Ancient arachnid had similar legs and jaw to spiders but
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Published: 14:11 GMT, 30 March 2016 | Updated: 14:38 GMT, 30 March 2016
Spiders predate the dinosaurs, scurrying along 315 million years ago - but their precise origins remain a mystery.
Now scientists believe they have filled a 'gap' in the evolutionary story of arachnids, with the discovery of a fossil that's the closest relative to spiders ever discovered.
The creature, dubbed Idmonarachne brasieri, measured less than one inch long (1.5cm) and lived alongside the oldest known ancestors of modern spiders 305 million years ago.
Idmonarachne brasieri measured less than one inch long (1.5cm) and lived alongside the oldest known ancestors of modern spiders 305 million years ago. The species of prehistoric arachnid (pictured) was reconstructed using CT scans and high powered x-rays
It is hoped the specimen will help scientists understand more about the early origins of modern-day spiders.
The fossil was collected years ago in Montceau les-Mines, eastern France, but has only just revealed its creepy secret, since the first part of its body was encased in rock.
Now, researchers from The University of Manchester, Berlin's Museum für Naturkunde, the University of Kansas and Imperial College London have worked with the Natural History Museum and the Diamond Light Source in Oxfordshire to reconstruct the prehistoric arachnid's body using CT scans and high powered x-rays.
They were able to do this because the fossil was preserved in 3D, enabling the researchers to investigate its minute anatomical details.
The fossil was collected years ago, but has only just revealed its creepy secret, since the first part of its body was encased in rock. Slices of the fossil are shown above
The fossil was re-discovered in a box full of rocks at the University of Kansas, having originally been collected In Montceau les-Mines, a rich region of fossil-bearing deposits in eastern France (marked on the map)
THE EVOLUTION OF SPIDER SILK
Scientists have known since 2008 that a sister group to true spiders, called the uraraneids, could make silk.
However, they probably laid it down in sheets, rather than spinning it as modern spiders do.
They also had a tail-like structure at the end called a flagellum.
Analysis of I.brasieri suggests that as the spider lineage evolved, the animals lost their tail-like structure and developed spider-like fangs and limbs instead.
Whilst they could likely make silk, the ancestors lacked the ability to spin it using specialised appendages called spinnerets.
These are the features that define true spiders, and give them more control over the use and distribution of silk.
The fossil was re-discovered in a box full of rocks at the University of Kansas, having originally been collected from a rich region of fossil-bearing deposits.
Russell Garwood from the University of Manchester, first author of the study which was published in the journal Proceedings of the Royal Society B, told MailOnline: 'This animal is the closest thing we have to spiders without being a true spider, so it sits in a key position when looking at the evolution of the group.'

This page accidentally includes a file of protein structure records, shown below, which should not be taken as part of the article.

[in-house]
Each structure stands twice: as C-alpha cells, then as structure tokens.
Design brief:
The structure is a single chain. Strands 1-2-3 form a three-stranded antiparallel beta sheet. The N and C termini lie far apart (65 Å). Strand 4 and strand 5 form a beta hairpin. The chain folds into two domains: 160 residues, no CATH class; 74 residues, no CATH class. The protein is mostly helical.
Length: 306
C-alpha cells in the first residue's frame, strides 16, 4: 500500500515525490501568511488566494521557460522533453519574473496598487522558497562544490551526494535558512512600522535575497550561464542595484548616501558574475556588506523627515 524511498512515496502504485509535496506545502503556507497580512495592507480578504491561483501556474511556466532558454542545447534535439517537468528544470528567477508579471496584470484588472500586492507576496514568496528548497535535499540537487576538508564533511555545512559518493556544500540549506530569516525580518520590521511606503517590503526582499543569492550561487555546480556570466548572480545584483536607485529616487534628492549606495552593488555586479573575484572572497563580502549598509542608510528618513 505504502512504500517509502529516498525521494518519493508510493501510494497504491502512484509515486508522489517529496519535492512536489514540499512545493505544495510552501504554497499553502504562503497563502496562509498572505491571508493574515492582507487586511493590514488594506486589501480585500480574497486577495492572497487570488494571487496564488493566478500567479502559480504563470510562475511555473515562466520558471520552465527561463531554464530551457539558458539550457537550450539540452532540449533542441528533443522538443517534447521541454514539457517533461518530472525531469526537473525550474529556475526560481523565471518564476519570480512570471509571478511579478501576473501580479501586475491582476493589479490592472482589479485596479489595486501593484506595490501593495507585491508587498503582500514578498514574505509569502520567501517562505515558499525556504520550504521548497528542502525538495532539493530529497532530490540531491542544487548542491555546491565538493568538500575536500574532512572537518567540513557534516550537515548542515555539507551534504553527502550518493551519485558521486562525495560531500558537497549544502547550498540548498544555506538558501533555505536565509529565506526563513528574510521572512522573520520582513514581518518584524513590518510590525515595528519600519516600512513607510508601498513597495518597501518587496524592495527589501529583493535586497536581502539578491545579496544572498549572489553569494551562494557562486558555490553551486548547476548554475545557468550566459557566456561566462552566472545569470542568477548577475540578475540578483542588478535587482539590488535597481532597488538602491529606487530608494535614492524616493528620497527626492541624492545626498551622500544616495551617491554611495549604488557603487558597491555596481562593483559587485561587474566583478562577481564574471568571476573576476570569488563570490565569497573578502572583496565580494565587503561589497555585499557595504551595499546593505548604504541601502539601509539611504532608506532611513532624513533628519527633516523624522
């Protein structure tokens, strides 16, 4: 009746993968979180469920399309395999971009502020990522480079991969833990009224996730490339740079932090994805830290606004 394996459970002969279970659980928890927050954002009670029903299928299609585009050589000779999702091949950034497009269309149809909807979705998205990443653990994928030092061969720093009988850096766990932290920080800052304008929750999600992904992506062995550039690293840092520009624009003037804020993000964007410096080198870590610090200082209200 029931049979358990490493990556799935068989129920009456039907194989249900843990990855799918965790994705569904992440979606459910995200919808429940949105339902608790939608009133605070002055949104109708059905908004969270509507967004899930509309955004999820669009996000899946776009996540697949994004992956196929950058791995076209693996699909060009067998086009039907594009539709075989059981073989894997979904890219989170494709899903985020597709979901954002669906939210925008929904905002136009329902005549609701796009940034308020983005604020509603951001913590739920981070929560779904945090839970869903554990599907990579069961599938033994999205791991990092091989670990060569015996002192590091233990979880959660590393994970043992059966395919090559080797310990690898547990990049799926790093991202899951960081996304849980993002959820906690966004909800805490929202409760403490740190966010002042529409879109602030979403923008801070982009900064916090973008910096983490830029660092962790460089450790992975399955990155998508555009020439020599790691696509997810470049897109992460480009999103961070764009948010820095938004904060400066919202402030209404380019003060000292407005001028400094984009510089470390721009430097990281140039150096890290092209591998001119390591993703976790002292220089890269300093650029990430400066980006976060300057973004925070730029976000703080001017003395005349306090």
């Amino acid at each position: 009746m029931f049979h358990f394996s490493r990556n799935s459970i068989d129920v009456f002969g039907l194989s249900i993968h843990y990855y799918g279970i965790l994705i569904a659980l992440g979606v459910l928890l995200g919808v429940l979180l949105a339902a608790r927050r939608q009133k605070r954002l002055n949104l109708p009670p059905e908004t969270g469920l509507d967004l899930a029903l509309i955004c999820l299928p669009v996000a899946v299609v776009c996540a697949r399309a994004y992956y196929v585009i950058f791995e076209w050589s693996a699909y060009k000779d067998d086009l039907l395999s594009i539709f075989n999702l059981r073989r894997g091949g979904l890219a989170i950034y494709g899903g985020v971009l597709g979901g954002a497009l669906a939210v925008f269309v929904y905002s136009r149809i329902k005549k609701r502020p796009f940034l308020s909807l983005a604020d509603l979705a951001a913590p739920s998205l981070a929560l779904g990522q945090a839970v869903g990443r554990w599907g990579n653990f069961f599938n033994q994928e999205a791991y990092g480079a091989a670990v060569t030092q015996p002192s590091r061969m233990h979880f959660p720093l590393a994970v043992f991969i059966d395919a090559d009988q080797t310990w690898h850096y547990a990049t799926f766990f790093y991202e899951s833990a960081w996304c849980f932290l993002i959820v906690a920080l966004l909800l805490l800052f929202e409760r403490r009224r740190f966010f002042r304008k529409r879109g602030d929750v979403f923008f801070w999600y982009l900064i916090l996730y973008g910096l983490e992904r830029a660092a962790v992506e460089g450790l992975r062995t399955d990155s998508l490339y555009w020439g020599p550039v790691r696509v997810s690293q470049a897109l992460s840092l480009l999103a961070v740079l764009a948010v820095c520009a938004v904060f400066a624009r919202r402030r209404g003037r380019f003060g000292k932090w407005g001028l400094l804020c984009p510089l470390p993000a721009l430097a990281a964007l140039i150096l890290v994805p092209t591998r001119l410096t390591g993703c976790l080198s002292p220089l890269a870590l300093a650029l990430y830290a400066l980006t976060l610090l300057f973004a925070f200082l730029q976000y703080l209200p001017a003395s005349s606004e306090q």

Not much is known about the origins of spiders with little knowledge of their predecessors or how they came to get their scariest features.
As well as the ancient archanid's eight legs, the team spotted it has strong jaws, showing it is a distinct species and not another distant cousin of spiders from the same time, the BBC reported.
They also noticed it lacks the tail-like appendage, or flagellum, of an older extinct arachnid family including Attercopus, which lived 80 million years earlier.
These earlier creatures didn't have spinnerets, which allow modern spiders to weave their webs, so I.brasieri fills an evolutionary gap because it has spider-like features such as legs and jaws, but no spinnerets.
Dr Garwood explained: 'I.brasieri shows us that spider-like ancestors lost a tail, which older, closely related animals called Uraraneids had and developed spider-like limbs and mouthparts, but that the key innovation which defines spiders is their spinnerets.'
I.brasieri fills an evolutionary gap because it has spider-like features such as legs and jaws, but no spinnerets (shown) which modern spiders such as this orb-weaver (stock image) use to produce 'ropes' of silk
'These are small structures on the underside of the animal that help them control silk.'
He added that I.brasieri probably split off the spider line after Attercopus, but before modern spiders appeared.
The earliest known spider fossil was found in the same mineral deposit and has spinnerets.
'So what we're actually looking at is an extinct lineage that split off the spider line some time before 305 million years ago, and those two have evolved in parallel,' he said.
'Our new fossil occupies a key position in the evolution of spiders.
'It isn't a true spider, but has given us new information regarding the order in which the bits of the anatomy we associate with spiders appeared as the group evolved.'
Dr Garwood said the innovation of spinnerets may be what makes spiders so ubiquitous.
There are more than 45,000 known species - compared to a little over 4500 for mammals, for example - which makes them among the most successful arachnids,' he said.
'This success also makes studying their origins and early evolution - both things about which we have relatively little information - a really rewarding thing to do.'
The new species is named Idmonarachne brasieri in honour of Professor Martin Brasier of the University of Oxford, who passed away in December 2014.
Ancient arachnid had similar legs and jaw to spiders but Boeing 'Starliner' Test Article Literally Coming Together